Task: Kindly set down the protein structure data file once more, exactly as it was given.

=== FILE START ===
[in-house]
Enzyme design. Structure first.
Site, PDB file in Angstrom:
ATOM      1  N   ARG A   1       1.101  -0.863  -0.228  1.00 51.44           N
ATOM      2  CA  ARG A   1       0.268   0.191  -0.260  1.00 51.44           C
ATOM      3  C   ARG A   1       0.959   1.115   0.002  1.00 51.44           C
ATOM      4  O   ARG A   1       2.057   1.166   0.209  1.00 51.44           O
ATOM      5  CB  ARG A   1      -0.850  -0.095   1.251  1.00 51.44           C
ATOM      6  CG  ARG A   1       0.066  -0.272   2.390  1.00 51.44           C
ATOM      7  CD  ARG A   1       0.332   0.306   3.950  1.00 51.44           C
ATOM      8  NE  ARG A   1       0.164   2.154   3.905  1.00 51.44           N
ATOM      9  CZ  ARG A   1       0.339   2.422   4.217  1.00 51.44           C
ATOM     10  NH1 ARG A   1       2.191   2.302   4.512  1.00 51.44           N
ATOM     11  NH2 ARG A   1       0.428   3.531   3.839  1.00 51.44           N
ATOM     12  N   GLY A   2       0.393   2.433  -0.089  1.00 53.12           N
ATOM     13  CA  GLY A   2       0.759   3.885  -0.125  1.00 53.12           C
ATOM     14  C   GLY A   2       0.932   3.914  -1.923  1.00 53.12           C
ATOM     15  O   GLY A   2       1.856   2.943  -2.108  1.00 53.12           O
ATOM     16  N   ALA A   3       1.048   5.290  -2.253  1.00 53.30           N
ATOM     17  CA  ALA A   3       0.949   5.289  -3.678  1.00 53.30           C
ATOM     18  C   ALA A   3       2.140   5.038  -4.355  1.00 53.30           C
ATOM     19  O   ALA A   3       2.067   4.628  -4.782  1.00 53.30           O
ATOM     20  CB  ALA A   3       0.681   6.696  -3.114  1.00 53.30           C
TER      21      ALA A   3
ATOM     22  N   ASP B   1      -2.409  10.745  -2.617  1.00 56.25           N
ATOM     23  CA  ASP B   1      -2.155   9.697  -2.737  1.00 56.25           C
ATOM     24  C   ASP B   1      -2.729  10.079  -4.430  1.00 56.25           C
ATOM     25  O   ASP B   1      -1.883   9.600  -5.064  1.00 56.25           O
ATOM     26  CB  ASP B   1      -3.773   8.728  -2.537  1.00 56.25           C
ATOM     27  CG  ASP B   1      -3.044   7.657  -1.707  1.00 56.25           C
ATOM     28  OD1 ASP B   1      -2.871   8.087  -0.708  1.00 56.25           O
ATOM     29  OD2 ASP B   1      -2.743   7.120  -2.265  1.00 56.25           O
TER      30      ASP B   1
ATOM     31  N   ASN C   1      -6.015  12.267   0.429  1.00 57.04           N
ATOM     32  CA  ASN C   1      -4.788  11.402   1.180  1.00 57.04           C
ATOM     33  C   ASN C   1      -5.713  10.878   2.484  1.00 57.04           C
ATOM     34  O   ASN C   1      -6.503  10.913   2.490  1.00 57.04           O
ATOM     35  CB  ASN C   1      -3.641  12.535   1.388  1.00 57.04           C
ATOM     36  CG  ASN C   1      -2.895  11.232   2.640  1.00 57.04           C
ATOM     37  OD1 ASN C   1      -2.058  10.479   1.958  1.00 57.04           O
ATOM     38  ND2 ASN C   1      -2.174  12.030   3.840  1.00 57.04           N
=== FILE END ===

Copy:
[in-house]
Enzyme design. Structure first.
Site, PDB file in Angstrom:
ATOM      1  N   ARG A   1       1.101  -0.863  -0.228  1.00 51.44           N
ATOM      2  CA  ARG A   1       0.268   0.191  -0.260  1.00 51.44           C
ATOM      3  C   ARG A   1       0.959   1.115   0.002  1.00 51.44           C
ATOM      4  O   ARG A   1       2.057   1.166   0.209  1.00 51.44           O
ATOM      5  CB  ARG A   1      -0.850  -0.095   1.251  1.00 51.44           C
ATOM      6  CG  ARG A   1       0.066  -0.272   2.390  1.00 51.44           C
ATOM      7  CD  ARG A   1       0.332   0.306   3.950  1.00 51.44           C
ATOM      8  NE  ARG A   1       0.164   2.154   3.905  1.00 51.44           N
ATOM      9  CZ  ARG A   1       0.339   2.422   4.217  1.00 51.44           C
ATOM     10  NH1 ARG A   1       2.191   2.302   4.512  1.00 51.44           N
ATOM     11  NH2 ARG A   1       0.428   3.531   3.839  1.00 51.44           N
ATOM     12  N   GLY A   2       0.393   2.433  -0.089  1.00 53.12           N
ATOM     13  CA  GLY A   2       0.759   3.885  -0.125  1.00 53.12           C
ATOM     14  C   GLY A   2       0.932   3.914  -1.923  1.00 53.12           C
ATOM     15  O   GLY A   2       1.856   2.943  -2.108  1.00 53.12           O
ATOM     16  N   ALA A   3       1.048   5.290  -2.253  1.00 53.30           N
ATOM     17  CA  ALA A   3       0.949   5.289  -3.678  1.00 53.30           C
ATOM     18  C   ALA A   3       2.140   5.038  -4.355  1.00 53.30           C
ATOM     19  O   ALA A   3       2.067   4.628  -4.782  1.00 53.30           O
ATOM     20  CB  ALA A   3       0.681   6.696  -3.114  1.00 53.30           C
TER      21      ALA A   3
ATOM     22  N   ASP B   1      -2.409  10.745  -2.617  1.00 56.25           N
ATOM     23  CA  ASP B   1      -2.155   9.697  -2.737  1.00 56.25           C
ATOM     24  C   ASP B   1      -2.729  10.079  -4.430  1.00 56.25           C
ATOM     25  O   ASP B   1      -1.883   9.600  -5.064  1.00 56.25           O
ATOM     26  CB  ASP B   1      -3.773   8.728  -2.537  1.00 56.25           C
ATOM     27  CG  ASP B   1      -3.044   7.657  -1.707  1.00 56.25           C
ATOM     28  OD1 ASP B   1      -2.871   8.087  -0.708  1.00 56.25           O
ATOM     29  OD2 ASP B   1      -2.743   7.120  -2.265  1.00 56.25           O
TER      30      ASP B   1
ATOM     31  N   ASN C   1      -6.015  12.267   0.429  1.00 57.04           N
ATOM     32  CA  ASN C   1      -4.788  11.402   1.180  1.00 57.04           C
ATOM     33  C   ASN C   1      -5.713  10.878   2.484  1.00 57.04           C
ATOM     34  O   ASN C   1      -6.503  10.913   2.490  1.00 57.04           O
ATOM     35  CB  ASN C   1      -3.641  12.535   1.388  1.00 57.04           C
ATOM     36  CG  ASN C   1      -2.895  11.232   2.640  1.00 57.04           C
ATOM     37  OD1 ASN C   1      -2.058  10.479   1.958  1.00 57.04           O
ATOM     38  ND2 ASN C   1      -2.174  12.030   3.840  1.00 57.04           N